US natural gas production has jumped sharply since then, up 27% from 49.5bcf/day in 2005 to 63.0bcf/day in 2011, as producers profited from higher gas prices. Outside of the more developed Barnett shale play in Texas, the US EIA estimates that four major shale plays (Haynesville, Fayetteville, Marcellus, and Woodford) may account for 55 trillion cubic feet (tcf) of gas, or ~3% of the ~1,750tcf of technically recoverable reserves. Unproved resources in the US are generally more than double proved reserves. As equipment and drills are installed, unproven resources should switch to marketable gas supplies, prompting even greater production of shale gas. Rising horizontal rigs also imply more shale energy in future, with active horizontal rigs as a share of total rigs rising from 10% in 2005 to around 60% currently. However, higher relative oil prices compared to natural gas means greater returns for producers and increased substitution from shale gas rigs (down to a 13-year low) to shale oil rigs. The reverse will likely occur if gas prices strengthen like they did in 2005, improving the economics to supply gas.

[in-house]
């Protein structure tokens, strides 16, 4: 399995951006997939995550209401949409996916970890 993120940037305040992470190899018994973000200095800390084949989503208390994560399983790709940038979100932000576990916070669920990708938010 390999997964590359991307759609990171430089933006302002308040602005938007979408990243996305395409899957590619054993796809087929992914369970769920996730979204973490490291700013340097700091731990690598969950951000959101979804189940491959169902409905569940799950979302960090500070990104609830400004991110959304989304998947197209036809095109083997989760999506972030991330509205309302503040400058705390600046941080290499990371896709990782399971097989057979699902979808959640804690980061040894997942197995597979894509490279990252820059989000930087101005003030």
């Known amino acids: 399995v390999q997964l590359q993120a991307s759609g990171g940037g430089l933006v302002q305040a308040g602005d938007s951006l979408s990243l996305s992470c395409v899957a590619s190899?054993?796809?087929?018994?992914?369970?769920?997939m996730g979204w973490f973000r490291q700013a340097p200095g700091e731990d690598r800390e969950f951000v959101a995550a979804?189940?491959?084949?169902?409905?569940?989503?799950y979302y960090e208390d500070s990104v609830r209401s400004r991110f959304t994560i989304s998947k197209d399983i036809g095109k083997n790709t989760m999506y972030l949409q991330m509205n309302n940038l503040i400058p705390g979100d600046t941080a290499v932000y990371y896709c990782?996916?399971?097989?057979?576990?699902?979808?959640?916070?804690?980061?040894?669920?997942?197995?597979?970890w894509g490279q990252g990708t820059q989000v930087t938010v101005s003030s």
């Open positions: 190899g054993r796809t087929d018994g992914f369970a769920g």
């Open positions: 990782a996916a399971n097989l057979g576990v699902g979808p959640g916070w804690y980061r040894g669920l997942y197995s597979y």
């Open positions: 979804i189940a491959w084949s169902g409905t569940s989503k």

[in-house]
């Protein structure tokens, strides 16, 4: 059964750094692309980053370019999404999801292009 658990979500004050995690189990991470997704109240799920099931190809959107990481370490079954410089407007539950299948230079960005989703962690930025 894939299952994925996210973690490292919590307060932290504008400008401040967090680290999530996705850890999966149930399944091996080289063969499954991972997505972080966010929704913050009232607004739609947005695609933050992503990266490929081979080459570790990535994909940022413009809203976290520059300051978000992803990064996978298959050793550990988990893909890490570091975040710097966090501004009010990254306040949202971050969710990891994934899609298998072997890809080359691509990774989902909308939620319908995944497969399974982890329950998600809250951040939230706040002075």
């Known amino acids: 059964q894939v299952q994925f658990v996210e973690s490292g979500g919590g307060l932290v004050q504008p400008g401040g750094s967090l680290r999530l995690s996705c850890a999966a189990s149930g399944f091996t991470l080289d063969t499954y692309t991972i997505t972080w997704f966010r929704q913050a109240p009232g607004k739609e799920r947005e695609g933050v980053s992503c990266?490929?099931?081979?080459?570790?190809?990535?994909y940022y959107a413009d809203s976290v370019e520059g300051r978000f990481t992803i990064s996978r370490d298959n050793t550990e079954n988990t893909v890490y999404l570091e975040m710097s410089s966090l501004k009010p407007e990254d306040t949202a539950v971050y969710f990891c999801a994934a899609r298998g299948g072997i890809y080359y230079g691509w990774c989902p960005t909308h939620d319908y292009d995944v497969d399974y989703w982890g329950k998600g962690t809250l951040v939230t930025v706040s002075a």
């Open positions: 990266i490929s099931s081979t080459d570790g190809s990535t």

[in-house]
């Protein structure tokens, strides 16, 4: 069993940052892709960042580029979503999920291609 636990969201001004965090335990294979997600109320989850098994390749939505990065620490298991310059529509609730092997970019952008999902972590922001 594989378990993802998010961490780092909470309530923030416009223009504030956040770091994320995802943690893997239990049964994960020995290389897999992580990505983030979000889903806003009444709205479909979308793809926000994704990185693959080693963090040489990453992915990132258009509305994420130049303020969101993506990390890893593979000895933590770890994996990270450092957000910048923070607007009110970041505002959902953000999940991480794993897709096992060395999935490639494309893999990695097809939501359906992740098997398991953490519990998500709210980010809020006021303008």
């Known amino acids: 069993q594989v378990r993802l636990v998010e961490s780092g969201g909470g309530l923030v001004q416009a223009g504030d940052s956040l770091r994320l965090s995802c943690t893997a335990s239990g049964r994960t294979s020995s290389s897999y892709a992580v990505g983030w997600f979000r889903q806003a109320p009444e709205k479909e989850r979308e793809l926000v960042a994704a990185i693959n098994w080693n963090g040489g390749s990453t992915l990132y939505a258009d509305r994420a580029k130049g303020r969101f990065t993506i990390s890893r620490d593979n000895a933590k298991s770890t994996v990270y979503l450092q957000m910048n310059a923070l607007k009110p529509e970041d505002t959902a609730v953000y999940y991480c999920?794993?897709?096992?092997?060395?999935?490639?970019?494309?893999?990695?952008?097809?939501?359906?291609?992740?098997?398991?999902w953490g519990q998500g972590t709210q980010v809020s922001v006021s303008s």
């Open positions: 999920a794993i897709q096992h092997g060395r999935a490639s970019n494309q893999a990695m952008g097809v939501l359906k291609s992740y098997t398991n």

FIGURE 22. US SHALE PRODUCTION LOCATIONS
tcf 25 20 15 10 5 0 90 Other
Sources: US EIA
2000 2% 21% 8% 15% 55%
26% 8% 8% 25%
95 Oil linked
00 C BM
05 Tight gas
10 Shale gas
To improve energy self-sufficiency and reverse the decline in natural gas reserves in the 1970s, the US Federal government invested in shale R&D, implemented encouraging policies (tax credits and deregulated wellhead prices) and granted exploration permits. Land ownership laws unique to the US – private owners have the commercial rights to mine resources found on their land – and profit-sharing with private owners, have also been instrumental in the quick development of local shale gas resources. Technological advances in horizontal drilling and hydraulic fracturing, cost efficiencies from new technologies and availability of capital have contributed to the more recent gains in shale production. An estimated 35,000 wells are hydraulically fractured annually and it is estimated that over one million wells have been hydraulically fractured since the first well in the late 1940s. A spike in natural gas prices to record highs of USD13.5mmbtu in 2005 – after Hurricane Katrina shut down all refinery capacity in the Gulf of Mexico – was another catalyst for higher shale production.
Fayetteville Haynesville Bossier LAKE CHARLES Eagle Ford FREEPORT SABINE PASS
Current shale plays Prospective shale plays
Coal deposits Mountainous ranges
LNG liquefaction plants LNG existing regas plants
Note: Map not to scale Sources: US EIA, ANZ Commodity Strategy